Mike Dawson Bio
Mike Dawson refuses to be defined by being the guy with MS. The year after being diagnosed with MS he moved from Nottingham to Norwich in 2006, where he lives with his eleven year old daughter.
After graduation from art school he spent a decade as an animator, one of his specialism’s was bringing fabric to life in the form of animated installations that toured many of the worlds pre-eminent art galleries. The last decade has seen him develop a career as a web and print designer in Norwich.
Mike’s early life saw him compete in a variety of sports from rugby through golf and basketball to skiing and mountain biking.
The turn of the century saw his mobility slowly decline with his MS diagnosis being confirmed in summer 2005. The realisation of a life without being able to run and perhaps limited years being able to walk weighed heavily on him prior to the London 2012 Olympics and Paralympic games. Inspired by the handcycling exploits of Alex Zanardi winning two Paralympic golds he embarked on becoming a handcycler. Within 18 months he was invited to be part of a select field, billed as the world’s top handcyclists’ race through the streets of London. Coming 12th overall and winning his category he looked further afield to other challenges that would include handcycling.
A series of cycling events would be the stepping stone to triathlons. Having not swum for years and with a triathlon to look forward to he took to the pool to work out if he could actually swim the 750m of a sprint Tri. By the time the triathlon came around and being lined up against some top British Para-Tri team members he put in a good showing, coming in just behind the winner of his category. However, it wasn’t really that much of a challenge to swim 750m, handcycle 20km and push in the race chair 5km, he had already set his sights on an Ironman 70.3 in Croatia. Finishing the 1.2mile swim, 56 mile handbike and 13.1 mile ‘run’ in the race chair in a respectable 6hr 36min he found the event that he loved doing.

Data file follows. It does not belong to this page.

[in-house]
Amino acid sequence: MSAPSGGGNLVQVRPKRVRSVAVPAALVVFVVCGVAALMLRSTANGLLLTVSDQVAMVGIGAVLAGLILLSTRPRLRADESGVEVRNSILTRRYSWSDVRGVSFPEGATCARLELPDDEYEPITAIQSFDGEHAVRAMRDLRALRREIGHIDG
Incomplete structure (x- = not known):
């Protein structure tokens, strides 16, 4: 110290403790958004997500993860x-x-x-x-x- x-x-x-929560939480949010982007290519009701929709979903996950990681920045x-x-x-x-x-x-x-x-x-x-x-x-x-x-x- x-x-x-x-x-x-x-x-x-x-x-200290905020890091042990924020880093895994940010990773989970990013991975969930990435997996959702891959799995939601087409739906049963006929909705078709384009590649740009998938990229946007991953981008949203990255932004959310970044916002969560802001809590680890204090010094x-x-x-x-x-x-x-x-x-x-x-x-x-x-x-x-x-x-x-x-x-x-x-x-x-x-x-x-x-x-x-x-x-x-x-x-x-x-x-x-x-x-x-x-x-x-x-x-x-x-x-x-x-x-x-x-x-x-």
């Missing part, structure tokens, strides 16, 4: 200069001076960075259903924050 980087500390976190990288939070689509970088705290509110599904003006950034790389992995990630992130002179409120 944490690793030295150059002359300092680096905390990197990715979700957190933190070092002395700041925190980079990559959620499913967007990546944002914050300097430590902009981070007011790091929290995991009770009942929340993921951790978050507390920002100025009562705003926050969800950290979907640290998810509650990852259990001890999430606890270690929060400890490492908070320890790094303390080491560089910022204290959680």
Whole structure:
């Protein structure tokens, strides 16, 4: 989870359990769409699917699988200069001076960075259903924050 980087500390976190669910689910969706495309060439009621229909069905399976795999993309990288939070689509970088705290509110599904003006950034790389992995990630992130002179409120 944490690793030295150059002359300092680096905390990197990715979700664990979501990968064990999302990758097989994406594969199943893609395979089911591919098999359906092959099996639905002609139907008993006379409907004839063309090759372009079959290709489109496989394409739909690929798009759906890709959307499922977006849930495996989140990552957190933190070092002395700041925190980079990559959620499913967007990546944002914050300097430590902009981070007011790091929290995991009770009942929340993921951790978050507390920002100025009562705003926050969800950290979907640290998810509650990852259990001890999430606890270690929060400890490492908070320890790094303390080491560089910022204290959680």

Mike has taken in a number of 5k, 10k and half marathons in his race chair, while he did race with David Weir, he was never going to be in his league. Realising that the swim was the part of the triathlons that he was really enjoying and easily placing in front of many of the able bodied athletes. Prior to the Outlaw Half triathlon, which takes place in Nottingham at the end of May, Mike decided to take on his own personal ‘Everest’ to solo swim the English Channel. On the way to this Mike has taken part in a number of 5k open water swim races over the years while also taking on a trustee role with the Hand Cycling Association of the UK. The HCAUK aims to get more disabled people out on a bike whether for the first time or the first time after a life changing injury or illness. Their series of four or five taster days held at Stoke Mandeville through the summer is part of what Mike wants to spread the message of being disabled isn’t a life ending moment, it’s just the moment in life that denotes change, embrace that change because nothing is impossible.
Mike aims to demonstrate this in September 2017 when he embarks on his swim from England to France, showing that a disability isn’t a barrier to sporting success.